As shown in Table 2, we identified a total of 59 cost objects for EDs. A particular ED may provide all the services listed in Table 2 or a subset of them.
Below we present the costs for all the cost objects identified in the ED from Hospital 1, using the ABC method. As shown in Table 1, Hospital 1 is a high complexity and private teaching hospital with more than six hundred beds. As a teaching hospital, patients can be treated by EM specialists, medical interns and residents. The ER at this hospital has a medical and trauma unit, as well as a critical care unit, with 10 boxes in total. The layout of this ER also includes a triage area.
We calculated the cost of 53 out of the 59 cost objects that this ED provided within a calendar year. We identified and cost 6 processes and 73 activities. Figure 1 shows the indirect costs of the processes that took place in the selected ED.
As shown in Figure 1, the medical care process has the higher proportion (36.9%) of indirect costs whereas the administrative and logistic processes consume more than half (52.1%) of the indirect resources. The indirect resources included in this ABC application can be categorized as: salaries, depreciation of equipment and infrastructure, utilities and medical supplies, office supplies, and maintenance. In order to carry out ABC, we need to recognize the tasks that make up these processes, i.e. the activities. To assign indirect resources to the activities, we define resource drivers such as time, number of procedures, number of employees/ time, usage percentage, and square meters/time.
Once activity costs were calculated, then activities were assigned to the cost objects. To allocate the cost of the activities we use the following cost drivers: time, number of procedures, and consumption index. Table 3 presents the eight most expensive activities from this ED.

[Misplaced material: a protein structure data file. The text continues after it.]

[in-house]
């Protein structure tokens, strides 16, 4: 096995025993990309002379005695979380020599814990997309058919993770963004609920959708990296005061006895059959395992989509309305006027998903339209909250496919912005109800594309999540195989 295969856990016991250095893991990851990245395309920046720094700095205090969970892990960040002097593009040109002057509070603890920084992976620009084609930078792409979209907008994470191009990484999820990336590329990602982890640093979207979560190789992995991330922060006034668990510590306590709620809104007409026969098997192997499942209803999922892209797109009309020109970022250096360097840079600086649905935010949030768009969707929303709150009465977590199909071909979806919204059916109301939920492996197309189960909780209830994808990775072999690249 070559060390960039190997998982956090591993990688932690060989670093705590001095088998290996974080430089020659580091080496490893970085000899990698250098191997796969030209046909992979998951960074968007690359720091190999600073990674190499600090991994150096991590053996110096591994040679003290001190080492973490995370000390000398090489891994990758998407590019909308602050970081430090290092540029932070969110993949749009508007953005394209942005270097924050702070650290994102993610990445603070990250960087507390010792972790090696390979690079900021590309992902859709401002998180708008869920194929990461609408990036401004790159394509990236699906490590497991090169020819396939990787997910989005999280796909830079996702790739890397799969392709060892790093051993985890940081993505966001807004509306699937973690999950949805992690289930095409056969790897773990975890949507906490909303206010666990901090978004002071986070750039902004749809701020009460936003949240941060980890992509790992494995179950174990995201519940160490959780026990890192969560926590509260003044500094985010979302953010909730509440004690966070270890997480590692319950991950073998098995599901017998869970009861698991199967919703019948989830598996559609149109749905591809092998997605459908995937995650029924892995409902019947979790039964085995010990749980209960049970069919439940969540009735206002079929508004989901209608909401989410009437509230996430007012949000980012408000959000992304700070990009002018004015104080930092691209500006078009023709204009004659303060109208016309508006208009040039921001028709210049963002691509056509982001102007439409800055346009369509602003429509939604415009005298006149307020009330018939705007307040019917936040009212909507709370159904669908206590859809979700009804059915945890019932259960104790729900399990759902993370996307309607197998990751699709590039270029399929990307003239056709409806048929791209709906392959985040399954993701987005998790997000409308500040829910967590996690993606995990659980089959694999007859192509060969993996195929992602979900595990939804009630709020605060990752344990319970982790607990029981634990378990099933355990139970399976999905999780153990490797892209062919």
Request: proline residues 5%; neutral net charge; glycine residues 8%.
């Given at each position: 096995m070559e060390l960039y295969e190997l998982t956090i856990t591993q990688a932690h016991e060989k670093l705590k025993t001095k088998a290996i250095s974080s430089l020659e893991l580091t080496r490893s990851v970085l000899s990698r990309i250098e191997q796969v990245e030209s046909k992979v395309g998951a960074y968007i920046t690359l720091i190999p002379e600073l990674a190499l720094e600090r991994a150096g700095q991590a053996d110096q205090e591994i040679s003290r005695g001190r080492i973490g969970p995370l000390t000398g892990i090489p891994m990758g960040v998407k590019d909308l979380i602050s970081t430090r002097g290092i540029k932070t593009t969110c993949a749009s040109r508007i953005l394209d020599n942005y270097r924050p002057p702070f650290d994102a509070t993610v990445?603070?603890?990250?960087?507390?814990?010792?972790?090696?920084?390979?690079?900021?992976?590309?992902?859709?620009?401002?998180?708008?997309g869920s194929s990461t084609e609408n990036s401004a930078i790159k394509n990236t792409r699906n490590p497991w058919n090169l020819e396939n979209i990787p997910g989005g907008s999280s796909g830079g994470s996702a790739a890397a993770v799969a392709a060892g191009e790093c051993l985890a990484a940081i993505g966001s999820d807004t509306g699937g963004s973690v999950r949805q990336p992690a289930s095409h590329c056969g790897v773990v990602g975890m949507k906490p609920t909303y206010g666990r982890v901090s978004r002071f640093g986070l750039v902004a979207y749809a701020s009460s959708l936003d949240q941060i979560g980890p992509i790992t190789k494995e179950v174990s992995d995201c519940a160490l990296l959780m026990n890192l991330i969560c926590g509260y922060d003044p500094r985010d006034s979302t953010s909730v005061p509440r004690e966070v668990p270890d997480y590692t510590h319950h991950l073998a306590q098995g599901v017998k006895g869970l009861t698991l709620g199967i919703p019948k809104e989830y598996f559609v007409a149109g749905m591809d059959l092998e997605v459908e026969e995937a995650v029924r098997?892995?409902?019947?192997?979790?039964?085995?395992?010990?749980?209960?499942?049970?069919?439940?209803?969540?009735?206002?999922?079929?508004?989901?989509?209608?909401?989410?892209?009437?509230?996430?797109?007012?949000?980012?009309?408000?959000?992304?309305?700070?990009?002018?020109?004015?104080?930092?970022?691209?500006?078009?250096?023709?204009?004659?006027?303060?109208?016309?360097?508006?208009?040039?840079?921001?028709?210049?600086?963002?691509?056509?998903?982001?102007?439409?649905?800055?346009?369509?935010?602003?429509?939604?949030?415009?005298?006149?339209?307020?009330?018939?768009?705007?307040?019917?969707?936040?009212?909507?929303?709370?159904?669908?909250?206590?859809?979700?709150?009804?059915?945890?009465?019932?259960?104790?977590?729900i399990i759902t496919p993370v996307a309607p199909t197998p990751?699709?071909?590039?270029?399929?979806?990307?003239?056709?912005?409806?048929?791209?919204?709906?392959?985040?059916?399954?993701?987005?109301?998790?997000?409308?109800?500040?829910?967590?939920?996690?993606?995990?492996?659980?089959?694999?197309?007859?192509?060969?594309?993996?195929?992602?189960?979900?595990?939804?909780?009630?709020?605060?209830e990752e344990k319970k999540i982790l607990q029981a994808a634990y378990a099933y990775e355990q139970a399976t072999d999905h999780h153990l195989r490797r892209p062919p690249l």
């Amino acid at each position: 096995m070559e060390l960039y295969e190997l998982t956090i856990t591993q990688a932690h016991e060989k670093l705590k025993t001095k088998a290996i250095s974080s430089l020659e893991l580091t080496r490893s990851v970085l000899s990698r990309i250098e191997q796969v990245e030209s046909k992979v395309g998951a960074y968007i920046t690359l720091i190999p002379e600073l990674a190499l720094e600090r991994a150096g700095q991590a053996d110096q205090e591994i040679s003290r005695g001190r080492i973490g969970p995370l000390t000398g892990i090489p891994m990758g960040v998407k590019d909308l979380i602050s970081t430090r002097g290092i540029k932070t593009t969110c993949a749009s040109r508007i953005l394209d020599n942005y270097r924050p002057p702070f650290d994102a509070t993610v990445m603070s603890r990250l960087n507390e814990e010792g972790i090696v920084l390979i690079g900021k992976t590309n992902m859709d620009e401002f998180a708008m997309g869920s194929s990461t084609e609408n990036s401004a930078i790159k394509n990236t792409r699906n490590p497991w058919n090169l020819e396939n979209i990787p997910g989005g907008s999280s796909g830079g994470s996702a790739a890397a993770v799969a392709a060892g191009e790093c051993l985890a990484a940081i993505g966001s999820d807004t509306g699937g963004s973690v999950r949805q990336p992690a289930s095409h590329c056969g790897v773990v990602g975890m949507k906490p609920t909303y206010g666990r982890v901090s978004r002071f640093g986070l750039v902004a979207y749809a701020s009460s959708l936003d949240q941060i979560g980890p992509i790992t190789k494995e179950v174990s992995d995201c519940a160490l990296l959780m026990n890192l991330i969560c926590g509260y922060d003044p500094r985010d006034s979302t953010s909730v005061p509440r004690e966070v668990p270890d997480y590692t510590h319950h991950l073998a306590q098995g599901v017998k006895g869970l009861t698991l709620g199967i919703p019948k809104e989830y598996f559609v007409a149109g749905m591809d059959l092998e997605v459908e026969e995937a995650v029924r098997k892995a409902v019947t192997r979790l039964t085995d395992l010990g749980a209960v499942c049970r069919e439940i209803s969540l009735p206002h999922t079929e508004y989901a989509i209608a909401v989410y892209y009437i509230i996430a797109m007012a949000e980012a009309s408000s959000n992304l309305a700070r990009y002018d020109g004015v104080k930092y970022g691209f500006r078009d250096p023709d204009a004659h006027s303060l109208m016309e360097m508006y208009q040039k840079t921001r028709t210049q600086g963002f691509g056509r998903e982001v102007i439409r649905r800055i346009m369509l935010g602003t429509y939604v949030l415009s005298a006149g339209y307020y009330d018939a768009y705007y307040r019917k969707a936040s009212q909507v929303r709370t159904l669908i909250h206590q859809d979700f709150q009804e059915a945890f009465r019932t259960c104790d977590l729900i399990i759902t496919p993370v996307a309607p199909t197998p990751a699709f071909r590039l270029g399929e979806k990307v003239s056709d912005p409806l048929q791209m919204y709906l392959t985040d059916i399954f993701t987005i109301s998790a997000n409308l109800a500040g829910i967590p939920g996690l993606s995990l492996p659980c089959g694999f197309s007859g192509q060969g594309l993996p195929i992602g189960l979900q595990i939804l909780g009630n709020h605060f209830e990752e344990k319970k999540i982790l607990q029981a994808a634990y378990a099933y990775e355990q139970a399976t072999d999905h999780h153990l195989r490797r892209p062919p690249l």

According to Table 3, the most expensive activities are medical evaluation ($146,054,786 chilean pesos, equivalent to US$225,000) and re-evaluation ($152,047,070 chilean pesos, equivalent to US$234,000). The main reasons for the elevated costs of these activities are the physicians’ salaries and equipment and infrastructure costs.
The next step of ABC is to allocate the cost of the activities to the cost objects. The cost objects are the 53 services provided by the ED. Table 4 shows the final allocation of direct and indirect costs to these services. The services with the highest total costs are medical consultation ($487,445,524 chilean pesos, equivalent to US$750,000), phleboclysis ($97,601,148 chilean pesos, equivalent to US$150,000) and preparation of patients for hospitalization ($93,013,711 chilean pesos, equivalent to US$143,000). Eighty percent of the medical consultation costs come from three activities: medical evaluation, re-evaluation and filling health records for patients. Similarly, 80% of the phleboclysis services’ cost relates to four activities: intravenous (IV) installation, withdraws of supplies for procedures, medication administration and sample taking activities, registering medical supply consumption, and storage control. For preparation of patients for hospitalization the highest costs (78%) are associated with three activities: filling nursing and medical records for hospitalization activities, and preparing patients for transporting. However, if the unit cost is considered, the most expensive services correspond to referral ($134,507 chilean pesos, equivalent to US$207), resuscitation ($131,859 chilean pesos, equivalent to US$203), and diagnostic and therapeutic puncture ($ 43,526 chilean pesos, equivalent to US$67).
The proposed cost objects list can also be used to accumulate costs at different levels, such as patient or diagnoses. Table 5 shows an example of how the costs objects proposed can be aggregated at a diagnosis level, using the Pneumonia due to Streptococcus pneumoniae diagnosis (code J13 in the ICD-10 coding system).
As shown in Table 5, treating a patient diagnosed with Pneumonia due to Streptococcus pneumoniae costs $43,710 chilean pesos. This cost includes only the services provided by the ED. However, the revenue linked to those services could be imputed to the ED or to another unit at the hospital, given the classification of the services for billing purposes. In this particular case, the total revenue imputed to the ED corresponded to $19,050 chilean pesos. Hence, the ED had losses for an average of $24,660 chilean pesos per patient treated for that diagnosis in the time period included in the analysis.
The results are discussed in the next section.